SWISSVALE, Pa. — Hundreds gathered in a school auditorium Monday to pay respects to Antwon Rose, the unarmed 17-year-old high school student who was killed by a police officer last week.
Rose, a rising senior and honor student, was shot three times after fleeing a vehicle during a traffic stop and running away from officers.
The funeral service was mostly restricted to friends and family. The ceremony was held at Woodland Hills Intermediate School, where Rose attended middle school. No protests were scheduled Monday out of respect for his family.
Mary Brookins, a substitute teacher at the school, said she is hurt and confused by Rose’s death and said the teen was always respectful to her.
“I have sons and it could have been my son," Brookins told NBC News. "I can always remember that smile he had."
“No one has a harsh thing to say about him because there is nothing harsh to say,” added Lillian McClain, who grew up with Rose's family.
On Sunday, hundreds passed through Tunie Funeral Home during Rose's wake — some wearing shirts that read, "3 shots to the back, how do you justify that?" Since Rose's death, protests have become commonplace in the East Pittsburgh area where the fatal shooting occurred.
The healing process can only begin when Antwon, his family, and the community get justice."
Pittsburgh Black Elected Officials Coalition
Michael Rosfeld, 30, the officer who fired the fatal shots, has been placed on administrative lead pending an investigation into the incident. Rosfeld had been on the job three weeks and was sworn into the East Pittsburgh Police Department 90 minutes prior to the shooting.
During five nights of protests, community activists and members have called for stronger police accountability and for Allegheny County District Attorney Stephen Zappala to bring forth criminal charges against Rosfeld.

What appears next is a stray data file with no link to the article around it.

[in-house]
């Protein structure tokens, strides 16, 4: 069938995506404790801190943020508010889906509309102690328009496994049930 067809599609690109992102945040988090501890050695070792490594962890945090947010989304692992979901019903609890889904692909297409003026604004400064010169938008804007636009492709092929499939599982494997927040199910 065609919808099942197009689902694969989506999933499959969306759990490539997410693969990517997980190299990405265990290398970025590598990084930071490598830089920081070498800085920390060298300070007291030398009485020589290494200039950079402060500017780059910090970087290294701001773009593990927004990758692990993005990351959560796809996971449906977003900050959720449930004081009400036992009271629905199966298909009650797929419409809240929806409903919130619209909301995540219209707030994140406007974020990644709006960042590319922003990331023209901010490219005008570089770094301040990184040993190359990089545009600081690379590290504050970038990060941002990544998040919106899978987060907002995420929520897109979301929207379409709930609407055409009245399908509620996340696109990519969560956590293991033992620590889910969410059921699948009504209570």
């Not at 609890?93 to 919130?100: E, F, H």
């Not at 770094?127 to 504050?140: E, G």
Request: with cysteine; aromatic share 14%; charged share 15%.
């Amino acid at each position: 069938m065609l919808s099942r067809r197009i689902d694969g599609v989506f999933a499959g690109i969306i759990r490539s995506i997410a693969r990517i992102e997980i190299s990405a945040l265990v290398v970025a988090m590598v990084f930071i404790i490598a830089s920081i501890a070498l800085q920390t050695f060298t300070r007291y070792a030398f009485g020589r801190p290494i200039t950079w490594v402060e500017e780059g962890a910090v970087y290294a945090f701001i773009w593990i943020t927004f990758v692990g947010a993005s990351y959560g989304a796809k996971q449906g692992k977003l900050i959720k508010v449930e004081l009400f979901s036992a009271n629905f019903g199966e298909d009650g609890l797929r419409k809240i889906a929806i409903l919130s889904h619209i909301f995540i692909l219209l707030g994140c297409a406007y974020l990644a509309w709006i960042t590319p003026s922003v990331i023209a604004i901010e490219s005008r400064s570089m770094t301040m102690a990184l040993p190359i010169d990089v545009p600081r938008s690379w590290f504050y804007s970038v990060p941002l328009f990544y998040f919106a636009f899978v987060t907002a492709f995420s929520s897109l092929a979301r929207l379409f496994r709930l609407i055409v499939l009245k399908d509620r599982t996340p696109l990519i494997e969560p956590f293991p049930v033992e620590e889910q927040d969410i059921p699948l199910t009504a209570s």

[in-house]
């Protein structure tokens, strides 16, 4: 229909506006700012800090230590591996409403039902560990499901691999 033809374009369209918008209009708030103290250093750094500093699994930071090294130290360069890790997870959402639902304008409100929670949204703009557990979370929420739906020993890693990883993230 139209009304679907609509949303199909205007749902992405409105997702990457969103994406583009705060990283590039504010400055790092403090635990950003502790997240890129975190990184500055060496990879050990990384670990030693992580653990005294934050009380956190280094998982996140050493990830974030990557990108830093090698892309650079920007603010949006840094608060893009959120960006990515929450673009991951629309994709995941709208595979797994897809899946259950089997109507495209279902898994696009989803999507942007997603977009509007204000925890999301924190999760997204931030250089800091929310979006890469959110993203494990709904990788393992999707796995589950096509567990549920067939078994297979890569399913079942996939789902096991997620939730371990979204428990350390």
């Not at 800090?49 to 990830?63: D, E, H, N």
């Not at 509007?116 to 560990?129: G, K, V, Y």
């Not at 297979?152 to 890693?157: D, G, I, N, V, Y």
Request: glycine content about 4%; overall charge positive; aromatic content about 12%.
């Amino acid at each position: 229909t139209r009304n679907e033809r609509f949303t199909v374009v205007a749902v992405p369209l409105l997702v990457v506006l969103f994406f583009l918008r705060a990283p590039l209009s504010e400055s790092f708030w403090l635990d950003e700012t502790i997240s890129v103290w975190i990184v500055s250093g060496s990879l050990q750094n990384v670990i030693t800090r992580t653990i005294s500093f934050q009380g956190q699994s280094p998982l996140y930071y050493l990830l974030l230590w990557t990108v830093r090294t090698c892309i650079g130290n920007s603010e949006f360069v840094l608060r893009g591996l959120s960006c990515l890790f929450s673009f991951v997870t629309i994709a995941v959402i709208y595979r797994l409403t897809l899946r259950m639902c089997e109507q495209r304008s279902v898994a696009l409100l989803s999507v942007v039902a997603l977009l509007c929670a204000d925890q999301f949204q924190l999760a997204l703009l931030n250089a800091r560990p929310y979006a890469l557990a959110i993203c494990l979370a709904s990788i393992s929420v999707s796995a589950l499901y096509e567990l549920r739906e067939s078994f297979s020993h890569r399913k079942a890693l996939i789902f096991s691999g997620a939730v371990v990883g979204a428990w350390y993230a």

"The healing process can only begin when Antwon, his family, and the community get justice," the group said in a statement.
The Allegheny County District Attorney's official Twitter account did not specify when the office would address the status of their investigation.
NBC News reached out to Zappala for additional comment but has not received a response. Rosfield's attorney Pat Thomassey said he and his client decline to comment.
Michelle Kenney, Rose’s mother, told ABC News she believes the officer “murdered my son in cold blood.”
“If he has a son, I pray his heart never has to hurt the way mine does," Kenney said. “But I think he should pay for taking my son's life. I really do.”
East Pittsburgh Police initially pulled over the vehicle Rose was in because they say it matched the description of a car involved in a drive-by shooting 13 minutes earlier.
According to Allegheny County Police Superintendent Coleman McDonough, the driver of the vehicle was ordered out of the car by officers. That's when Rose and another male “bolted from the vehicle on foot.”
In a cellphone video posted on social media by witness Shauny Mary, Rose and another man are seen getting out of the passenger side of a silver Chevy Cruze and running before multiple shots are fired.
According to McDonough, two semi-automatic handguns were found on the floor of the vehicle and they found Rose was unarmed and an empty gun clip was found in his pocket.
Police officials have urged community members to be patient so his office can conduct a "fair and objective investigation."